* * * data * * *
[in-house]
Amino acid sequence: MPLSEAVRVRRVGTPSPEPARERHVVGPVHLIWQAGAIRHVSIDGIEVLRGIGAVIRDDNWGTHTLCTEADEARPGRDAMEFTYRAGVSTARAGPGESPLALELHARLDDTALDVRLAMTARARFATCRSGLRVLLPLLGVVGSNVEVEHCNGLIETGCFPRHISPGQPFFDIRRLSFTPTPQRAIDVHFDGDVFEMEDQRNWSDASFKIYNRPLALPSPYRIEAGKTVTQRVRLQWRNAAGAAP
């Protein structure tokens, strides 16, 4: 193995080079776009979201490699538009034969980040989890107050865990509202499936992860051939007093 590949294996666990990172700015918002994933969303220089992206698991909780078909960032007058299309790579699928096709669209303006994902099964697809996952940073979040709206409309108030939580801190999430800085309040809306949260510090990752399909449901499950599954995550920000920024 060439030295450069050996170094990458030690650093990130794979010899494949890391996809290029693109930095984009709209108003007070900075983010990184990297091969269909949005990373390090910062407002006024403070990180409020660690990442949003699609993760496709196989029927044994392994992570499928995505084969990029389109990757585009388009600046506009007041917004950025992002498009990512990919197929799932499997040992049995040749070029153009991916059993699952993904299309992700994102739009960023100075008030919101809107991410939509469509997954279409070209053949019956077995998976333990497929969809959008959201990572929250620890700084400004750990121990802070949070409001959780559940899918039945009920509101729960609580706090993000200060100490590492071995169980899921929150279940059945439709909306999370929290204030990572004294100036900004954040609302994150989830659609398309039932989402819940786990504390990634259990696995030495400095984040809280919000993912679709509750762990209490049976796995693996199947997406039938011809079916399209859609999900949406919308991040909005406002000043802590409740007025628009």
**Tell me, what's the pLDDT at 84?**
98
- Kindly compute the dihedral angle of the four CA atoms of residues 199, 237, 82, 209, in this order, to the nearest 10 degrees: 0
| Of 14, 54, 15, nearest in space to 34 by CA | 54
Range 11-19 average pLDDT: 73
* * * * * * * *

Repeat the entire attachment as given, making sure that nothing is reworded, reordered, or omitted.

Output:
[in-house]
Amino acid sequence: MPLSEAVRVRRVGTPSPEPARERHVVGPVHLIWQAGAIRHVSIDGIEVLRGIGAVIRDDNWGTHTLCTEADEARPGRDAMEFTYRAGVSTARAGPGESPLALELHARLDDTALDVRLAMTARARFATCRSGLRVLLPLLGVVGSNVEVEHCNGLIETGCFPRHISPGQPFFDIRRLSFTPTPQRAIDVHFDGDVFEMEDQRNWSDASFKIYNRPLALPSPYRIEAGKTVTQRVRLQWRNAAGAAP
């Protein structure tokens, strides 16, 4: 193995080079776009979201490699538009034969980040989890107050865990509202499936992860051939007093 590949294996666990990172700015918002994933969303220089992206698991909780078909960032007058299309790579699928096709669209303006994902099964697809996952940073979040709206409309108030939580801190999430800085309040809306949260510090990752399909449901499950599954995550920000920024 060439030295450069050996170094990458030690650093990130794979010899494949890391996809290029693109930095984009709209108003007070900075983010990184990297091969269909949005990373390090910062407002006024403070990180409020660690990442949003699609993760496709196989029927044994392994992570499928995505084969990029389109990757585009388009600046506009007041917004950025992002498009990512990919197929799932499997040992049995040749070029153009991916059993699952993904299309992700994102739009960023100075008030919101809107991410939509469509997954279409070209053949019956077995998976333990497929969809959008959201990572929250620890700084400004750990121990802070949070409001959780559940899918039945009920509101729960609580706090993000200060100490590492071995169980899921929150279940059945439709909306999370929290204030990572004294100036900004954040609302994150989830659609398309039932989402819940786990504390990634259990696995030495400095984040809280919000993912679709509750762990209490049976796995693996199947997406039938011809079916399209859609999900949406919308991040909005406002000043802590409740007025628009």
**Tell me, what's the pLDDT at 84?**
98
- Kindly compute the dihedral angle of the four CA atoms of residues 199, 237, 82, 209, in this order, to the nearest 10 degrees: 0
| Of 14, 54, 15, nearest in space to 34 by CA | 54
Range 11-19 average pLDDT: 73